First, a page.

D3 – Community Summit

July 27, 2017

Community Summit

Day 3 - September 17

The morning began with each small group presenting their ideas for the Community Statement, a message to policy makers and to the United Nations to be read at the awards dinner. The six presentations had various themes, ranging from the importance of linking poverty reduction and sustainable conservation, to the critical task of working with local governments and politicians in home communities. The key ideas presented were posted in the meeting room, and throughout the day, the community participants read through and marked the ideas they find most useful.

Next, the Global Manager of the Global Environment Facility's Small Grants Programme (SGP), Delfin Ganapin, gave a presentation that focused on the SGP grants. Ganapin highlighted the three qualifications that must be met in order to receive SGP funds: environment, poverty reduction, and local empowerment. A question and answer session followed, and community members had many ideas to contribute.

Before and after lunch, community participants from Uganda, Mexico, Venezuela, Cameroon, and the Philippines presented their projects.

Next, Nina Kantcheva from the United Nations Collaborative Programme on Reducing Emissions from Deforestation and Forest Degradation in Developing Countries (UN-REDD) gave a presentation explaining the Programme, which is being piloted in 8 countries, with 18 observer countries learning from the pilots. Kantcheva emphasized the importance of working with indigenous communities in piloting the UN-REDD Programme, guided by principles such as the UN Declaration on the Rights of Indigenous People and FPIC (free, prior, and informed consent). Community participants had many questions, which focused on how the UN-REDD Programme would affect their communities and community projects. Kantcheva mentioned the pilot program in Vietnam as an example of local communities being consulted for consent. As a final note, Kantcheva emphasized the unique role UN-REDD will play as an institution-changing program with a wide vision.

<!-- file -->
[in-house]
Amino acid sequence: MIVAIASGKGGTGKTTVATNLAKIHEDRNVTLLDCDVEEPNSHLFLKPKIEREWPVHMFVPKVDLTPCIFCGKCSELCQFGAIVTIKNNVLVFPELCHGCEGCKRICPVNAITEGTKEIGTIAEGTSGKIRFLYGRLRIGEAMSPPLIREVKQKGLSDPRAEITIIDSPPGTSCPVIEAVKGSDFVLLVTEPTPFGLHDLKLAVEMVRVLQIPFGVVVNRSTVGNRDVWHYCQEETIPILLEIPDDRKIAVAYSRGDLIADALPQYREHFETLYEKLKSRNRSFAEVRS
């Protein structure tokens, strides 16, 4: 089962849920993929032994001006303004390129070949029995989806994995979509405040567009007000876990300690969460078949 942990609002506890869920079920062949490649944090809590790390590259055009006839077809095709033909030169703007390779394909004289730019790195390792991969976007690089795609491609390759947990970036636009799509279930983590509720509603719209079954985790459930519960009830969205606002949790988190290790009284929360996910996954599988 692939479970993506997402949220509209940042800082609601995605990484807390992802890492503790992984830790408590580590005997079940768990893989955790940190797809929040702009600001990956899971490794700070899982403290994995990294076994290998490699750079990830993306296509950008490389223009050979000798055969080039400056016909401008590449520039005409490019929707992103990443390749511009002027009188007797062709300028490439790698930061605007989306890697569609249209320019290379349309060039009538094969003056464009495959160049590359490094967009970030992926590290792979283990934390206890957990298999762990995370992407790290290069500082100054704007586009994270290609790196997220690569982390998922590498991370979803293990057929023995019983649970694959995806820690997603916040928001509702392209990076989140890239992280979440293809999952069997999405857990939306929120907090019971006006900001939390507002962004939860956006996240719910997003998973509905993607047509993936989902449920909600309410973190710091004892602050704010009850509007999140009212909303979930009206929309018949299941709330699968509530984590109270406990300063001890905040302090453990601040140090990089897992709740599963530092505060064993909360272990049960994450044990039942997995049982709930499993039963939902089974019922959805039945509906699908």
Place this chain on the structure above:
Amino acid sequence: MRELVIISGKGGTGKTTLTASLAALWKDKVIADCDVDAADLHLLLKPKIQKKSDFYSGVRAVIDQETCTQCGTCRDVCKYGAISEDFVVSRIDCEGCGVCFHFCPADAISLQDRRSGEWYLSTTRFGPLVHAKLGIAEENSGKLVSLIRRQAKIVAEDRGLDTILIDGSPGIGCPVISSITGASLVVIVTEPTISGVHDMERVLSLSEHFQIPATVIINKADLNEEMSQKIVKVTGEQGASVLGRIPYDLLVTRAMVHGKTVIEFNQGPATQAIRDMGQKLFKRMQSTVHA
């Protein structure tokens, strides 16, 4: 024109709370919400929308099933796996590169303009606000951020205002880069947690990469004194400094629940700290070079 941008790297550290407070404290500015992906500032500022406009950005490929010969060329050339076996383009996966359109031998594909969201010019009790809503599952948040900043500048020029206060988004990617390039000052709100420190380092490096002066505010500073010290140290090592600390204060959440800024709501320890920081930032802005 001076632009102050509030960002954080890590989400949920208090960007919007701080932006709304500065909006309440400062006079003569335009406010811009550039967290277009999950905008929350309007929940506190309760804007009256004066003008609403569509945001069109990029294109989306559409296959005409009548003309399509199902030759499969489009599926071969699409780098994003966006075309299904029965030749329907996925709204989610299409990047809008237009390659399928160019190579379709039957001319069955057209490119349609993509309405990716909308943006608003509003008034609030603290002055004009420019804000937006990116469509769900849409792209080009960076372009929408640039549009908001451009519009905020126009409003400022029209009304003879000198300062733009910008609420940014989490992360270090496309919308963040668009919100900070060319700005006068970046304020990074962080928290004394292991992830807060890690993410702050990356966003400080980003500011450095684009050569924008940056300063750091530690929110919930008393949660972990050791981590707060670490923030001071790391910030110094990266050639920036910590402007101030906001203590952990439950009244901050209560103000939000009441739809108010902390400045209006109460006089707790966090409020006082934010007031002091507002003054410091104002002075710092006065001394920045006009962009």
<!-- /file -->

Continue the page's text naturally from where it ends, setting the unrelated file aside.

The day was completed with presentations by more communities, with participants actively engaging one another in discussing the community projects.

 


 

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